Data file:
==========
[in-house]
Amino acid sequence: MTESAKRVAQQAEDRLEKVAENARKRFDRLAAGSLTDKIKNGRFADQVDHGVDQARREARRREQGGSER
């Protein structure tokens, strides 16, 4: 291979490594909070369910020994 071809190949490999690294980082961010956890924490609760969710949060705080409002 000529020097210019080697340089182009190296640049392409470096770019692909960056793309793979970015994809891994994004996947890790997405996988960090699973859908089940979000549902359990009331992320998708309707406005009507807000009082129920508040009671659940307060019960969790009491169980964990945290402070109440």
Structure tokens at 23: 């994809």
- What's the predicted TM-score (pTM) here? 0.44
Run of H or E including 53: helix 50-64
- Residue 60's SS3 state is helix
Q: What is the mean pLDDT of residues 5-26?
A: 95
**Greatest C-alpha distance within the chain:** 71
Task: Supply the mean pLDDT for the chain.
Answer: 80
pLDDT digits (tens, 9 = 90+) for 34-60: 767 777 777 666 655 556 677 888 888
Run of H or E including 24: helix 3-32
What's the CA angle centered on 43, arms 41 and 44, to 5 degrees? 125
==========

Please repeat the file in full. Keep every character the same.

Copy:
[in-house]
Amino acid sequence: MTESAKRVAQQAEDRLEKVAENARKRFDRLAAGSLTDKIKNGRFADQVDHGVDQARREARRREQGGSER
């Protein structure tokens, strides 16, 4: 291979490594909070369910020994 071809190949490999690294980082961010956890924490609760969710949060705080409002 000529020097210019080697340089182009190296640049392409470096770019692909960056793309793979970015994809891994994004996947890790997405996988960090699973859908089940979000549902359990009331992320998708309707406005009507807000009082129920508040009671659940307060019960969790009491169980964990945290402070109440």
Structure tokens at 23: 């994809």
- What's the predicted TM-score (pTM) here? 0.44
Run of H or E including 53: helix 50-64
- Residue 60's SS3 state is helix
Q: What is the mean pLDDT of residues 5-26?
A: 95
**Greatest C-alpha distance within the chain:** 71
Task: Supply the mean pLDDT for the chain.
Answer: 80
pLDDT digits (tens, 9 = 90+) for 34-60: 767 777 777 666 655 556 677 888 888
Run of H or E including 24: helix 3-32
What's the CA angle centered on 43, arms 41 and 44, to 5 degrees? 125